Sunday, July 22, 2012

The Snorting of the War-Horse...

Many thanks this week for the insights of Rev. D. Mark Davis and Rev. Lindy Black.

Mark 6:30-34, 53-56
The apostles gathered around Jesus, and told him all that they had done and taught. He said to them, "Come away to a deserted place all by yourselves and rest a while." For many were coming and going, and they had no leisure even to eat. And they went away in the boat to a deserted place by themselves. Now many saw them going and recognized them, and they hurried there on foot from all the towns and arrived ahead of them. As he went ashore, he saw a great crowd; and he had compassion for them, because they were like sheep without a shepherd; and he began to teach them many things.
When they had crossed over, they came to land at Gennesaret and moored the boat. When they got out of the boat, people at once recognized him, and rushed about that whole region and began to bring the sick on mats to wherever they heard he was. And wherever he went, into villages or cities or farms, they laid the sick in the marketplaces, and begged him that they might touch even the fringe of his cloak; and all who touched it were healed.

This is the Word of the Lord.

Our Gospel reading jumps completely over a couple of very important events – the Feeding of the Five Thousand, and Jesus walking on the water. Now, this is normally the kind of thing that makes me shake my head and grumble at the computer screen, while adding back in the verses that were skipped, but not this time.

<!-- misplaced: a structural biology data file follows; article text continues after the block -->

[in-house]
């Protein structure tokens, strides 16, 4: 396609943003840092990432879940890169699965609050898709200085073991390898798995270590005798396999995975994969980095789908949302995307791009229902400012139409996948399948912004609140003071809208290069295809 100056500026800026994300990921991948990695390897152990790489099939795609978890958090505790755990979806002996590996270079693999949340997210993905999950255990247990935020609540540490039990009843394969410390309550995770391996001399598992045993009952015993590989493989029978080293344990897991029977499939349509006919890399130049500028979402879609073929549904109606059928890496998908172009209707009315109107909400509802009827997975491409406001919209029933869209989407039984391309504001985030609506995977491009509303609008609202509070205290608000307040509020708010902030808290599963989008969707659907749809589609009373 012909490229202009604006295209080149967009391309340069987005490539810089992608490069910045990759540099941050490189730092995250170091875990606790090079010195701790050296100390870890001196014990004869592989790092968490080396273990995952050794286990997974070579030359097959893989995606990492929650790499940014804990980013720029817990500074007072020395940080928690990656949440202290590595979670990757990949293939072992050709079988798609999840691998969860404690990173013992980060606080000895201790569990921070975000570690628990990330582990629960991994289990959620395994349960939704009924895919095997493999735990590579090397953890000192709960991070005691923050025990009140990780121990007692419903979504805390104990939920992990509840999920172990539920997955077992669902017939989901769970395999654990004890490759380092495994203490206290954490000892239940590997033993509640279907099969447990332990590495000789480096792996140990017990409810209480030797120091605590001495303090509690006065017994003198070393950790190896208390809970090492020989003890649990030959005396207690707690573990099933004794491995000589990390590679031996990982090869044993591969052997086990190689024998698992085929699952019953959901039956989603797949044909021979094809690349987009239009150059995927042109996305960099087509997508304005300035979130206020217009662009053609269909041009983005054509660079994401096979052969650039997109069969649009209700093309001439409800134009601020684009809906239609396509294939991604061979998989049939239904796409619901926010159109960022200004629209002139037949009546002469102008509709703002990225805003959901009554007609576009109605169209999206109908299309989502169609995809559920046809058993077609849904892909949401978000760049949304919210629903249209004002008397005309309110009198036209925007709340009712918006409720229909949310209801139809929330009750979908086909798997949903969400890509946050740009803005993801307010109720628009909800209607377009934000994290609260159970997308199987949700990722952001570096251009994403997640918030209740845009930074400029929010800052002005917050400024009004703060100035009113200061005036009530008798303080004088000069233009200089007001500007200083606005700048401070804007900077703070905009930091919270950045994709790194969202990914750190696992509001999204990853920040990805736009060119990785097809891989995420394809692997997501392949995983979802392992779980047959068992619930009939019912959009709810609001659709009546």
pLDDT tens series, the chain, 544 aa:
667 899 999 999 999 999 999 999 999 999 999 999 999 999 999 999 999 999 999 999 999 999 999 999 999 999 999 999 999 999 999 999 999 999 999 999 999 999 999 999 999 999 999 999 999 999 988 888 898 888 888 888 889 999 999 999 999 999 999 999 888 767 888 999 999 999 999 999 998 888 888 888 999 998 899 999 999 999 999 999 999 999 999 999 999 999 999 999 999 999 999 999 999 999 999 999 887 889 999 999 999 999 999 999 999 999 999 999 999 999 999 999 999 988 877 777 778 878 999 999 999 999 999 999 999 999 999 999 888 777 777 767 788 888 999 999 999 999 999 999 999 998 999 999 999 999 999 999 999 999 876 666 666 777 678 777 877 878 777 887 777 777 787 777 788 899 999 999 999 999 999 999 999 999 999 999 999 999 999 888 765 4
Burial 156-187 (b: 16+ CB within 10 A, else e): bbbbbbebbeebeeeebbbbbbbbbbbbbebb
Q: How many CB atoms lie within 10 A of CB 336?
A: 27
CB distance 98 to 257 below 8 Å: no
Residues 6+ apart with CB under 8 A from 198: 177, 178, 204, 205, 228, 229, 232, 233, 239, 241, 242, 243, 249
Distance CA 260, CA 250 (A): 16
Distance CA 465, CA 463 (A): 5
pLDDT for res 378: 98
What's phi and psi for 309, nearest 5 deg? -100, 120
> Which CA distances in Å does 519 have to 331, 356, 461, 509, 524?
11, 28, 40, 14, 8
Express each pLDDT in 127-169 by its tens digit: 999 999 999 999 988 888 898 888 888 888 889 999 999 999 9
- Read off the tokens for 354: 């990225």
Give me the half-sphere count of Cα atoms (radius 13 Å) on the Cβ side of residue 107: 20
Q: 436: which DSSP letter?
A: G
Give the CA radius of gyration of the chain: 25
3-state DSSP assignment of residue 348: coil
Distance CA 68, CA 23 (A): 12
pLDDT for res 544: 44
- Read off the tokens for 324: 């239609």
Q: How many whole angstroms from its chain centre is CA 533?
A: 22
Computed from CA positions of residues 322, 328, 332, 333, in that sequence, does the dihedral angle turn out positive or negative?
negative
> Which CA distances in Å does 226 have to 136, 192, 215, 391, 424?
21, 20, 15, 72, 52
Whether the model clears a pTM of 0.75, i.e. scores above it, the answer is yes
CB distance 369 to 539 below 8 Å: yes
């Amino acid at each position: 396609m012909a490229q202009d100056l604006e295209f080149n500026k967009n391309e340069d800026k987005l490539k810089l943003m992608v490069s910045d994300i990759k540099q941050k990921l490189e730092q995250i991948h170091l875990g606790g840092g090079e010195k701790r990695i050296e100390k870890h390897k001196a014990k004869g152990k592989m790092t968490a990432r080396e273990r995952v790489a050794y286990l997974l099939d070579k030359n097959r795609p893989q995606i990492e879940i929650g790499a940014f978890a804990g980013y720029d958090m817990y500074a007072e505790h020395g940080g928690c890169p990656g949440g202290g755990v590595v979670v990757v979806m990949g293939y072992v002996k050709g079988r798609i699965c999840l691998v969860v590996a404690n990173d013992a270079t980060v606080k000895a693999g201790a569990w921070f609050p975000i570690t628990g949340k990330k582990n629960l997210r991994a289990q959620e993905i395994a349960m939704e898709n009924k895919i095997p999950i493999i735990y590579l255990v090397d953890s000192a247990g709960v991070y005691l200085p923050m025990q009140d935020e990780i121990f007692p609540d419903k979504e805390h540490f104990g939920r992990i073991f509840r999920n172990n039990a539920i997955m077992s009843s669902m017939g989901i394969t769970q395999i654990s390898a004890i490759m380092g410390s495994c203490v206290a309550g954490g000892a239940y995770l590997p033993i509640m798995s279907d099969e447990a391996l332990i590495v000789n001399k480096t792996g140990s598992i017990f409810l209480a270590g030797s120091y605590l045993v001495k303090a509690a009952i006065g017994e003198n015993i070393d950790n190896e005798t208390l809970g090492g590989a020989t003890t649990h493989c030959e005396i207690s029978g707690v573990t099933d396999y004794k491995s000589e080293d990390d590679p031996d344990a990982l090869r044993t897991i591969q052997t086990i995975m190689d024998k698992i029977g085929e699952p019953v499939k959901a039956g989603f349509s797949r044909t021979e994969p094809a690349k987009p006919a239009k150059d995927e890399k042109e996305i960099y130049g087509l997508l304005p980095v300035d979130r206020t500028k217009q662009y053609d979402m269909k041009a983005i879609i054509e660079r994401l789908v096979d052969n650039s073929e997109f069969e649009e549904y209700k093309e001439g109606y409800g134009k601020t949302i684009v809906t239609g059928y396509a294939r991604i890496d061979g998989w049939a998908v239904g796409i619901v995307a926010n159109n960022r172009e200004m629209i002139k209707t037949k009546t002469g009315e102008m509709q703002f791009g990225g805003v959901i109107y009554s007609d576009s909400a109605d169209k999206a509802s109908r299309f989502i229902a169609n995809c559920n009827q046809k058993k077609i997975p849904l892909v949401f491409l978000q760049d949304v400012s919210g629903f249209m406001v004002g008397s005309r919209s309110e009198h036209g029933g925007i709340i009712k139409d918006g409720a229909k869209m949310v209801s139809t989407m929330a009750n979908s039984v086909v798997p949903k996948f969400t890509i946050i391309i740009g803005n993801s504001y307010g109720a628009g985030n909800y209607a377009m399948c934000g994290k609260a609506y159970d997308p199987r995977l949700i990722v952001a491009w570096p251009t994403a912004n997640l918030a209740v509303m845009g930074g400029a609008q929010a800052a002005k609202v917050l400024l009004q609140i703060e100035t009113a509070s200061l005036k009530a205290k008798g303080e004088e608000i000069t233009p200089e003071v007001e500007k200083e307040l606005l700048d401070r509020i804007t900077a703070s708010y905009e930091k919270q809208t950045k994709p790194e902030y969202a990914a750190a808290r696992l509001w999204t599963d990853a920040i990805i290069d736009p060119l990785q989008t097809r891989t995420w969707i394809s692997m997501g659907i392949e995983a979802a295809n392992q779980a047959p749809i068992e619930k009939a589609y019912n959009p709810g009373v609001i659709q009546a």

This time, I confess, I got hooked on a phrase, fascinated by it: “As he went ashore, he saw a great crowd; and he had compassion for them, because they were like sheep without a shepherd…”

Jesus has been spending the Gospel of Mark running around healing, teaching, doing signs and wonders, raising from the dead, and proclaiming the Kingdom of God. Most recently, Jesus has endured the ridicule and disinterest of the people in his own home town, and he has sent the apostles out in pairs to spread the Good News, and, in the meantime, Jesus has learned of his Cousin John’s death at the hands of Herod.

And now the apostles had returned, road-weary but eager to tell Jesus about all that had happened. They sat in a circle, there on the lakeshore, enjoying a meal: passing around a loaf of bread, some olive oil, and perhaps some vegetables, while the apostles filled Jesus in on their adventures.

Or, at least, they tried to enjoy a meal, they tried to have a conversation.

People kept coming up and interrupting. Perhaps they needed something specific, perhaps they just wanted to say hello, perhaps they wanted to get a close-up look at this rabbi and his band of devoted disciples. Whatever the case, Peter would start to say something and someone would interrupt. John would try and take a bite of bread and someone would ask him a question.